Charles Dickens

Author of Great Expectations and 90+ Books

Charles Dickens


Charles John Huffam Dickens was a writer and social critic who created some of the world's best-known characters in fiction and is considered the Victorian era's greatest novelist. During his lifetime, his works enjoyed unprecedented popularity, and he was recognized as a literary genius by the critics and scholars of the twentieth century. His novels and short stories enjoy lasting popularity. When his father was imprisoned in a debtors prison, ... Dickens left school to work in a factory. Despite his lack of formal education, he edited a 20-year weekly newspaper, wrote 15 novels, five novels, hundreds of short stories and non-fiction articles, lectured and performed extensively, was an indefatigable writer of letters, and vigorously campaigned for the rights of children, education, and other social reforms. His 1843 novella, A Christmas Carol, remains popular and in every artistic genre continues to inspire adaptations. Oliver Twist and Great Expectations are also often adapted and evoke pictures of early Victorian London, like many of his novels. His 1859 novel, A Tale of Two Cities, is his best-known historical fiction work in London and Paris. Fellow writers from Leo Tolstoy to George Orwell and G. K. Chesterton praised Dickens' creative genius for their realism, comedy, prose style, unique features, and social criticism. Oscar Wilde, Henry James, and Virginia Woolf, on the other hand, complained about a lack of psychological depth, loose writing, and a vein of saccharine sentimentality. The term Dickensian is used to describe something reminiscent of Dickens and his writings, such as poor social conditions or comically repulsive characters. On June 8, 1870, after a full-day work on Edwin Drood, Dickens suffered another stroke at home. He never regained consciousness, and he died on Gads Hill Place the following day. Contrary to his desire to be buried "in a cheap, unostentatious, and strictly private manner" at Rochester Cathedral, he was laid to rest at Westminster Abbey's Poets Corner. At the time of the funeral, a printed epitaph reads: "To the memory of Charles Dickens (the most popular author in England) who died at his residence, Higham, near Rochester, Kent, June 9, 1870, at the age of 58. He was a sympathizer with the poor, the suffering, and the oppressed; and one of England's greatest writers is lost to the world by his death." His last words were: "On the ground," in response to his sister-in-law Georginas' request to lie down.READ MORE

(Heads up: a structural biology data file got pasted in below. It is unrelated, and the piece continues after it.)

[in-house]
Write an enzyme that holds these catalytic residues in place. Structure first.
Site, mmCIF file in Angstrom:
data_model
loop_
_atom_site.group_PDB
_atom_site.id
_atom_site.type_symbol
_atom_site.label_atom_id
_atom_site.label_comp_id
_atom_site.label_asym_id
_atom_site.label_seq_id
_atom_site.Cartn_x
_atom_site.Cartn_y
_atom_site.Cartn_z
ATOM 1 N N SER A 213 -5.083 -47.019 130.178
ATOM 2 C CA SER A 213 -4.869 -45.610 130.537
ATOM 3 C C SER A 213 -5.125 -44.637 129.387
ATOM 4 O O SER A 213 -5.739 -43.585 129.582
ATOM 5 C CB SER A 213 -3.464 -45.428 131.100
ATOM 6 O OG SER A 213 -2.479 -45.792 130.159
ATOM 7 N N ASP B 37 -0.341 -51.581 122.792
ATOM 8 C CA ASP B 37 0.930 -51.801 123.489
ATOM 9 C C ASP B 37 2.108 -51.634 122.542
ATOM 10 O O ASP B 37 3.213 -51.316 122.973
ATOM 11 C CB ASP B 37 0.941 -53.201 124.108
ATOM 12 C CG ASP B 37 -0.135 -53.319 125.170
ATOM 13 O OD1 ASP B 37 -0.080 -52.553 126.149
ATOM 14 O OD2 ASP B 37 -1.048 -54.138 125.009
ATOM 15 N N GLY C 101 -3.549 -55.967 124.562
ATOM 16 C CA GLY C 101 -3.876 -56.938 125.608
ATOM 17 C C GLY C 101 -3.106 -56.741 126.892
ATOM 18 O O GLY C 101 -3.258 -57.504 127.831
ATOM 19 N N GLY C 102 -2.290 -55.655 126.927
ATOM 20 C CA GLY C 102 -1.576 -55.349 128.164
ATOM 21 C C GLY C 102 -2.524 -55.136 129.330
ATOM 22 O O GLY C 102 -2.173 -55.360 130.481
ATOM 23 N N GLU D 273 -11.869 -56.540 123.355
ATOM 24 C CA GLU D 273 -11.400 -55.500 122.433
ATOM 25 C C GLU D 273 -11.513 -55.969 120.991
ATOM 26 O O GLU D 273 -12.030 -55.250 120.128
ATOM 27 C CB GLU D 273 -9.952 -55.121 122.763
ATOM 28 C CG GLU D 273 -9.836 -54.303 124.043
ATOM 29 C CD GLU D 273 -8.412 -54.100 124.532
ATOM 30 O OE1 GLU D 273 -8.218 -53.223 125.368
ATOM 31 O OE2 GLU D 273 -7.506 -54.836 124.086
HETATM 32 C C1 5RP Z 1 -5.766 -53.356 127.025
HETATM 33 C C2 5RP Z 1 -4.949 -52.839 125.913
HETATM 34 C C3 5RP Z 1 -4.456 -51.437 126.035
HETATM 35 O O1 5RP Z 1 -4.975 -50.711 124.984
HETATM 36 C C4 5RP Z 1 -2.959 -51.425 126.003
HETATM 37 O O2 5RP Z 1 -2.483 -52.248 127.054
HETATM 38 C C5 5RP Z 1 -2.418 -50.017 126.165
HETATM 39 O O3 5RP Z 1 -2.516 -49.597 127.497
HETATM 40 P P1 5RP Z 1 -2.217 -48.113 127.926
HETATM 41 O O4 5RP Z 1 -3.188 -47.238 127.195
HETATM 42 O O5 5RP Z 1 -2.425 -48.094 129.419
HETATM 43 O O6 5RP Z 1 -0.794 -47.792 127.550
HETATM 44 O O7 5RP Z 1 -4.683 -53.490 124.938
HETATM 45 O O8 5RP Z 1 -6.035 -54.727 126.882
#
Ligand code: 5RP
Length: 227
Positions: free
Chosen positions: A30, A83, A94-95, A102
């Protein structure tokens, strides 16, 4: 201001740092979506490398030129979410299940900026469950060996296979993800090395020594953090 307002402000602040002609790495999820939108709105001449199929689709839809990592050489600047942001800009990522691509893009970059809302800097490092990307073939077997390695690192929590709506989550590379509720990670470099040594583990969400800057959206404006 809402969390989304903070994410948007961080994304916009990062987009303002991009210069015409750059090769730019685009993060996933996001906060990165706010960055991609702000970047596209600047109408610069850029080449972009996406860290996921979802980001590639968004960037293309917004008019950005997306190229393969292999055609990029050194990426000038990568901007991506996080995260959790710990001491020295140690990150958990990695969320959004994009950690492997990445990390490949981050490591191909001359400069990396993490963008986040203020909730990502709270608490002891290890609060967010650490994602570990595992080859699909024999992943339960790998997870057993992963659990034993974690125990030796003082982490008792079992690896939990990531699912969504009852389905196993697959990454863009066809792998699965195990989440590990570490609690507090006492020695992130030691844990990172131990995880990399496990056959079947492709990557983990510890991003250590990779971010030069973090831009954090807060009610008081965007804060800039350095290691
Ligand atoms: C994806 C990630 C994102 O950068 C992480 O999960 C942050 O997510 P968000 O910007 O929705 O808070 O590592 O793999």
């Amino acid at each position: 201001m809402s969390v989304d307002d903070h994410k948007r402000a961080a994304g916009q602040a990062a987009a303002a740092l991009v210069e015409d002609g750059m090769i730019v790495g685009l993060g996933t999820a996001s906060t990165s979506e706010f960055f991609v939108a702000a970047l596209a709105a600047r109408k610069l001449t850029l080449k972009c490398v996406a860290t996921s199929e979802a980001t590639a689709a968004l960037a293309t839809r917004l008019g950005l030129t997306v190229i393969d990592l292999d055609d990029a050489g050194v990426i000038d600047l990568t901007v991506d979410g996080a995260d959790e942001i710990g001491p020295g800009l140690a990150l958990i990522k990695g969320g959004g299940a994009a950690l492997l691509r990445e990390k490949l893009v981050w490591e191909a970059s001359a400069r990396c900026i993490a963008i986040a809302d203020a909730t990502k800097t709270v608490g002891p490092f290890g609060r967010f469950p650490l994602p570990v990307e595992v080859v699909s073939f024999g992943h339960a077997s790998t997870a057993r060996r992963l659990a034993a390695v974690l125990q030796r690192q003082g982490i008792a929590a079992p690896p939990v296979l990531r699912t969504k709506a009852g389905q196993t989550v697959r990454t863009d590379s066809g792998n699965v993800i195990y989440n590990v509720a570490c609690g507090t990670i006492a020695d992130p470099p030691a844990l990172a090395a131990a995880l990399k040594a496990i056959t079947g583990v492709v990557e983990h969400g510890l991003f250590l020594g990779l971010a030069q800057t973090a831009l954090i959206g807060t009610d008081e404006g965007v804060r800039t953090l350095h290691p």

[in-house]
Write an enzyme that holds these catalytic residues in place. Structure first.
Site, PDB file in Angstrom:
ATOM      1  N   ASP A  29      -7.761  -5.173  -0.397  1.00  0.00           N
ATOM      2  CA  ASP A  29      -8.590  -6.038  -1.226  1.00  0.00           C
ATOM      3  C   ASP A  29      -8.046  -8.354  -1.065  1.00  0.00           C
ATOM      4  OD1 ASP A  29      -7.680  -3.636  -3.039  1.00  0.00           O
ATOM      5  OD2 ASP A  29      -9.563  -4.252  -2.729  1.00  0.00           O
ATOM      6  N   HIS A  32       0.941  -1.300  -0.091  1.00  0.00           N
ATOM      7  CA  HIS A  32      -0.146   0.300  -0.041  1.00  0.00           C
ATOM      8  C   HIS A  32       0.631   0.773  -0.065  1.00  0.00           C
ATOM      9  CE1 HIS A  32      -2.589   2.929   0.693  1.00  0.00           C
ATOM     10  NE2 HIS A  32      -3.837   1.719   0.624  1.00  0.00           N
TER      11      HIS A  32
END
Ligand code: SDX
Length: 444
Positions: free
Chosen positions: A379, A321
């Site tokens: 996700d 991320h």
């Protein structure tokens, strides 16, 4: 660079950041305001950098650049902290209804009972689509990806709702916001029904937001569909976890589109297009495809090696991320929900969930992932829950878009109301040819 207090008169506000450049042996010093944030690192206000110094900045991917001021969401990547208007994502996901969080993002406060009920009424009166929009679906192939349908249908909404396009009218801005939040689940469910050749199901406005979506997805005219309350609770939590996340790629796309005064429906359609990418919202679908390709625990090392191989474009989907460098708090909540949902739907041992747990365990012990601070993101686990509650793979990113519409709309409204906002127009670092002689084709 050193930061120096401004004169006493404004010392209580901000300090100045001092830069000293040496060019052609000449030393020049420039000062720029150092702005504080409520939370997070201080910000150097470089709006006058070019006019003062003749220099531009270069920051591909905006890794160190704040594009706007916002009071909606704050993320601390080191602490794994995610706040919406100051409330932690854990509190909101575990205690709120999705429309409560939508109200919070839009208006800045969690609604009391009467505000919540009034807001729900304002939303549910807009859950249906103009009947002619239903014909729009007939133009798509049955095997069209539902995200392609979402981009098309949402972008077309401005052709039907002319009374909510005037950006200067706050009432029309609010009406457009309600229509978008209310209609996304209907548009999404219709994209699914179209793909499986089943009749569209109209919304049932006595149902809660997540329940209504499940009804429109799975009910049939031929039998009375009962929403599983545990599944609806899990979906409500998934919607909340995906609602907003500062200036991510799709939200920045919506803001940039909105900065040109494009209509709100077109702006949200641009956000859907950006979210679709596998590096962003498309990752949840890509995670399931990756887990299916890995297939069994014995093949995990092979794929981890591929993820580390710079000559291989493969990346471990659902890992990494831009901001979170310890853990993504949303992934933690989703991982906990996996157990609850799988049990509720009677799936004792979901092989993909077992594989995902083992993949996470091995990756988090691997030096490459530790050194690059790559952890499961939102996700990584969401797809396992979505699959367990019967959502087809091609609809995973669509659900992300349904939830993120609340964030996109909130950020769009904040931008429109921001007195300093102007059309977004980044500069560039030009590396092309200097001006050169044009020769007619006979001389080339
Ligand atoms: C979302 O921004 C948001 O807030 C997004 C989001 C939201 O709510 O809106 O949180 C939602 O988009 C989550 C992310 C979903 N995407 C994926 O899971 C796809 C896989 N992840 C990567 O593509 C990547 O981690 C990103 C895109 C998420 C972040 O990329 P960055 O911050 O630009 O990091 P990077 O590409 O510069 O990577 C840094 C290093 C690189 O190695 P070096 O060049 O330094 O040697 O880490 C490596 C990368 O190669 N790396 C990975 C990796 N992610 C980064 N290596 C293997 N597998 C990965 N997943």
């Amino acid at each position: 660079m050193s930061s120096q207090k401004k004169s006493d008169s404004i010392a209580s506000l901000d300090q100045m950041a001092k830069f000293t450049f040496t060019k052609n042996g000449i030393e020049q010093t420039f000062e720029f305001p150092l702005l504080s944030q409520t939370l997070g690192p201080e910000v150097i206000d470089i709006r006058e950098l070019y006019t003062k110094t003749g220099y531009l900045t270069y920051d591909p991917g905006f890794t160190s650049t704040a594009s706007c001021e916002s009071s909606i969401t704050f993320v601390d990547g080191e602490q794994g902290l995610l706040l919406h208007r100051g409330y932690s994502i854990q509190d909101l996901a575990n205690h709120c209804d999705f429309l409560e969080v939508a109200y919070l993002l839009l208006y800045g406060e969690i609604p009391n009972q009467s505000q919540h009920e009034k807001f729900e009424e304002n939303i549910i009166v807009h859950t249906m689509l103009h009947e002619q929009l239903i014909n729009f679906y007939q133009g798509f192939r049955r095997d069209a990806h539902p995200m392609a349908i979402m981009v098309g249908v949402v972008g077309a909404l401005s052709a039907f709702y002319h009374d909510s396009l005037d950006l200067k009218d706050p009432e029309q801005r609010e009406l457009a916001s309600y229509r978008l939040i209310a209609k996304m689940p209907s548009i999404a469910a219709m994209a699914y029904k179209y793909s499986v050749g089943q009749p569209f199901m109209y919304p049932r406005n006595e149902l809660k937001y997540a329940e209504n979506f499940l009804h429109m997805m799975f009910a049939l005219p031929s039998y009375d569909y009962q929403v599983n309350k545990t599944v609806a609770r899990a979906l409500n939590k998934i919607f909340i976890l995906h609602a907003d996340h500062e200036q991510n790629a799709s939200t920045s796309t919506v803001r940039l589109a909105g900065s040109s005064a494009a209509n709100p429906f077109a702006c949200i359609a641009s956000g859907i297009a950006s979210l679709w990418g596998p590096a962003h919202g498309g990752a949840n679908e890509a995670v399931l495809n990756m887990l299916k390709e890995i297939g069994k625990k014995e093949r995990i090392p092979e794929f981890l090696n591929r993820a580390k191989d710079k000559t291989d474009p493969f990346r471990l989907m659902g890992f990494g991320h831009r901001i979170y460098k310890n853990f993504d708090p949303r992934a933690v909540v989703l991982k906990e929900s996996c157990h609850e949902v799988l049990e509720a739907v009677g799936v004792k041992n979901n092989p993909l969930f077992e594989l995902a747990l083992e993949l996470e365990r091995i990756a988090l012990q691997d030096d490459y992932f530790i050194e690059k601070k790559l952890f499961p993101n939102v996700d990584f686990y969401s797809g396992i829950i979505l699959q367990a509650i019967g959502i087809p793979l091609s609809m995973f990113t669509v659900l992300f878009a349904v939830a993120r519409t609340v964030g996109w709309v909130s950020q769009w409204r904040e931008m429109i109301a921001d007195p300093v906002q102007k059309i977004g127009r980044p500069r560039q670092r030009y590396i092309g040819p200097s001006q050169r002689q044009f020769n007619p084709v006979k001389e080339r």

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Popular quotes by Charles Dickens


You may be an undigested bit of beef, a blot of mustard, a crumb of cheese, a fragment of underdone potato. There's more of gravy than of grave about you, whatever you are!

It is a far, far better thing that I do, than I have ever done; it is a far, far better rest that I go to than I have ever known.

The mother who lay in the grave, was the mother of my infancy; the little creature in her arms, was myself, as I had once been, hushed for ever on her bosom.

I took her hand in mine, and we went out of the ruined place; and, as the morning mists had risen long ago when I first left the forge, so, the evening mists were rising now, and in all the broad expanse of tranquil light they showed to me, I saw no shadow of another parting from her.

Oh! But he was a tight-fisted hand at the grindstone, Scrooge! a squeezing, wrenching, grasping, scraping, clutching, covetous, old sinner! Hard and sharp as flint, from which no steel had ever struck out generous fire; secret, and self-contained, and solitary as an oyster.

In a word, I was too cowardly to do what I knew to be right, as I had been too cowardly to avoid doing what I knew to be wrong.

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